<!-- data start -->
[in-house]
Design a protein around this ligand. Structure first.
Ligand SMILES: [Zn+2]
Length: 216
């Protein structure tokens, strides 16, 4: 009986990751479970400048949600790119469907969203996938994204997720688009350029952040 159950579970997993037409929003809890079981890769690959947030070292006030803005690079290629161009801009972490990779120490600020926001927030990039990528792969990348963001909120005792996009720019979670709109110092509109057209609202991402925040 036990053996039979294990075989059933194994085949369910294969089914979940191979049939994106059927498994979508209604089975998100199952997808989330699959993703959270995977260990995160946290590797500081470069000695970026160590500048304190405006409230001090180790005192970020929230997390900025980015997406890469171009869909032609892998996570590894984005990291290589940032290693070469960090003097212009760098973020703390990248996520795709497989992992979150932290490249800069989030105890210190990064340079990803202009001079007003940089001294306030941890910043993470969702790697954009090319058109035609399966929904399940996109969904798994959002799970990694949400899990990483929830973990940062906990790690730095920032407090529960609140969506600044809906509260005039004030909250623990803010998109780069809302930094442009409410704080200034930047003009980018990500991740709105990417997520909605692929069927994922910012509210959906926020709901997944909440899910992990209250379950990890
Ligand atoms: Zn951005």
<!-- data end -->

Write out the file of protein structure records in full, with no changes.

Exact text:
[in-house]
Design a protein around this ligand. Structure first.
Ligand SMILES: [Zn+2]
Length: 216
């Protein structure tokens, strides 16, 4: 009986990751479970400048949600790119469907969203996938994204997720688009350029952040 159950579970997993037409929003809890079981890769690959947030070292006030803005690079290629161009801009972490990779120490600020926001927030990039990528792969990348963001909120005792996009720019979670709109110092509109057209609202991402925040 036990053996039979294990075989059933194994085949369910294969089914979940191979049939994106059927498994979508209604089975998100199952997808989330699959993703959270995977260990995160946290590797500081470069000695970026160590500048304190405006409230001090180790005192970020929230997390900025980015997406890469171009869909032609892998996570590894984005990291290589940032290693070469960090003097212009760098973020703390990248996520795709497989992992979150932290490249800069989030105890210190990064340079990803202009001079007003940089001294306030941890910043993470969702790697954009090319058109035609399966929904399940996109969904798994959002799970990694949400899990990483929830973990940062906990790690730095920032407090529960609140969506600044809906509260005039004030909250623990803010998109780069809302930094442009409410704080200034930047003009980018990500991740709105990417997520909605692929069927994922910012509210959906926020709901997944909440899910992990209250379950990890
Ligand atoms: Zn951005």